‘You do not know me yet but I am the heroine of this drama. I am told that here I must give a taste of what is to unfold. I am to convey that this tale is set in Jamaica during the last turbulent days of slavery and the early years of freedom.
‘I was born a slave upon a sugar plantation named Amity. I was there when the Baptist War raged in 1831, and when slavery was declared no more. It tells of my mama Kitty, of the negroes enslaved, of Caroline Mortimer the woman who owned me. I am to say that it is a true and thrilling journey through that unsettled time.
‘Cha, I say, what fuss-fuss. Come, let them just see it for themselves.’
The Long Song is adapted from Andrea Levy’s award-winning novel by Suhayla El‑Bushra, formerly writer in residence at the National Theatre Studio and whose work includes The Suicide (NT), Arabian Nights (Lyceum, Edinburgh), and Channel 4’s Ackley Bridge.
Tara Tijani makes her professional debut as July, having graduated from Guildhall School of Music & Drama this year.
Llewella Gideon plays Old July; her many TV credits include Small Axe – Mangrove, The Real McCoy and Absolutely Fabulous.
Olivia Poulet (Caroline Mortimer) previously appeared at Chichester in Fred’s Diner and Top Girls; her TV credits include The Thick of It.
Director Charlotte Gwinner was Associate Director at the Bush Theatre, Liverpool Everyman & Playhouse and Sheffield Theatres 2014-16, where her productions included Waiting for Godot, the Sarah Kane season and The Distance.
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Audio Content: Levy's Legacies
Listen to Levy’s Legacies - our audio collection exploring Andrea Levy’s life and writing, the context in which she wrote The Long Song and Suhayla El-Bushra’s brand new adaptation for the stage:
Suhayla El-Bushra writes for stage and screen. She was writer in residence at the National Theatre, London, where her adaptation of Nikolai Erdman's The Suicide was staged in the Lyttelton Theatre. Other stage work includes: Pigeons (Royal Court, 2013 and tour), Cuckoo (Unicorn Theatre, 2014), The Kilburn Passion (Tricycle, 2014), Arabian Nights (Lyceum, Edinburgh, 2017). Her screen credits include two series of Channel 4's Ackley Bridge, Becoming Elizabeth (The Forge/Starz Channel) and a short film for Film4.
Was it daunting adapting a piece of work when you admire both the writer, and the book?
I did feel quite reverential at first, and was very careful with it. I think as you go along, it stops being what it was and becomes a piece of theatre and you just have to think about it in those terms. I thought about how to keep the book intact while also moving it onto the stage. The story in the book is very complete and it works very well, so I needed to turn that into something that can go on to work as a piece of theatre. In that respect it was quite a new way of working for me.
The play is from the point of view of July, and that in turn comes through Andrea’s voice, then your voice. What does the diversity of voices bring to the work?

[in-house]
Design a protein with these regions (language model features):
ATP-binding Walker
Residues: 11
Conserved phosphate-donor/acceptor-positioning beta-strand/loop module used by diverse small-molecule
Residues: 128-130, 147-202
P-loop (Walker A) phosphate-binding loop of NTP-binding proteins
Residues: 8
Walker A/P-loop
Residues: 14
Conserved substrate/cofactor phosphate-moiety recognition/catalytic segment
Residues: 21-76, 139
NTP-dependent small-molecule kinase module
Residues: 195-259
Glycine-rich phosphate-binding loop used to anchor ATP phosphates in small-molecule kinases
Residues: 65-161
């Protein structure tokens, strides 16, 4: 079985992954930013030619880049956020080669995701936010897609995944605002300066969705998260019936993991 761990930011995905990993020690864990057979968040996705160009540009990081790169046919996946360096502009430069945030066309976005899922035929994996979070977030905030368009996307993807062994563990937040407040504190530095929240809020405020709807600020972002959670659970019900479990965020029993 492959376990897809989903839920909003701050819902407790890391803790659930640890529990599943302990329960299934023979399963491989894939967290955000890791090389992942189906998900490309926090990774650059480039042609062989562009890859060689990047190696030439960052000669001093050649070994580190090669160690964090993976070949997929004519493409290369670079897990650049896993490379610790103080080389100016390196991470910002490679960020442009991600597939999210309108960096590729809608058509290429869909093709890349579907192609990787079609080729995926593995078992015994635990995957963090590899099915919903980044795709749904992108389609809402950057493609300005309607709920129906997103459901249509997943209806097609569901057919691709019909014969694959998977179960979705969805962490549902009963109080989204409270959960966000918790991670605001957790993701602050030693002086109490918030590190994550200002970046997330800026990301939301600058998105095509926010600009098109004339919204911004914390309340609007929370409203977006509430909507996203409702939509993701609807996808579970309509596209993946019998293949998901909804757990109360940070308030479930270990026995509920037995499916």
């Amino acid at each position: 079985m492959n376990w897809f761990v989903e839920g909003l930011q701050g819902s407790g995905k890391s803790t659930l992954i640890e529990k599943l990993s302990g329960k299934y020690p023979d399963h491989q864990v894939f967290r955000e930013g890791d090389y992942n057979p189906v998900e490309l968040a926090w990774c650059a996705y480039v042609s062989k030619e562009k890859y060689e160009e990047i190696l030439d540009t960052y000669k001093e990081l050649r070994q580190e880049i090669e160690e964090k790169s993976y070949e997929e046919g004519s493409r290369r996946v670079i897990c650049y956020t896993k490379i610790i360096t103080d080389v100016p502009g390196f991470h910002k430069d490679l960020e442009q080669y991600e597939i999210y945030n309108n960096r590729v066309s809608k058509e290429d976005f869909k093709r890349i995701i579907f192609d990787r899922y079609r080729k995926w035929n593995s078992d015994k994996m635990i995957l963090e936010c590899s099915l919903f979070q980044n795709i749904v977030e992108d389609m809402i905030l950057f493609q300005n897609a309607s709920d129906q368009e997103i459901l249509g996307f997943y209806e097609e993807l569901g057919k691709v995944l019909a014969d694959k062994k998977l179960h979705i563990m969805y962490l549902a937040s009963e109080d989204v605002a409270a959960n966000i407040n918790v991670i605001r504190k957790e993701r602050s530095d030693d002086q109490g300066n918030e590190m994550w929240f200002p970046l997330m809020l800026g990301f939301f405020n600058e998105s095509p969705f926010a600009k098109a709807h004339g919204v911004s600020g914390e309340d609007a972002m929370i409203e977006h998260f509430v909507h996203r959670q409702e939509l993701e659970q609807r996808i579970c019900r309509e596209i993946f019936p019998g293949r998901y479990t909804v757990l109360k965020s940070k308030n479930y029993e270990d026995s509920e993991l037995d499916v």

For me, the book is about history and storytelling, and whose version of events get remembered and whose get written down, or passed on orally. Playing around with different voices, and different versions of stories, and the slippery nature of the truth, is something I’ve tried to put into the play, but I think it applies to the process of me telling the story that Andrea tells, of these people in Jamaica in the 1830s – that story has come through all these different filters. It’s come through Andrea’s lens, a Black British writer who was Jamaican but spent very little time there, and it’s now come through my lens, so it’s passing on the spirit of the book which is that all these stories keep evolving. The fact is now coming through another medium, from verbal, to print, and now on stage, feels a very natural part of the process.
Content and Themes
At CFT, we want everyone to feel truly welcome and comfortable. While we try not to spoil anyone’s enjoyment by giving away ‘spoilers’ such as plot twists and narrative surprises, we also recognise that some people may find certain themes distressing. You’ll find guidance on such content below; please be aware that by reading this, some elements of the plot may be revealed. Please note that these may be updated nearer the time of the production as staging details are confirmed.
The Long Song Language: Racially offensive language prevalent at the period Nudity: None anticipated Violence: Corporal punishment, gunshots, death by suicide and hanging Themes: Slavery, scenes of a sexual nature and childbirth
Further reading and resources
We have compiled a list of websites, podcasts, videos and podcasts for anyone who wants to explore the issues raised in The Long Song further. This list is by no means complete, so please keep exploring and reading yourselves.
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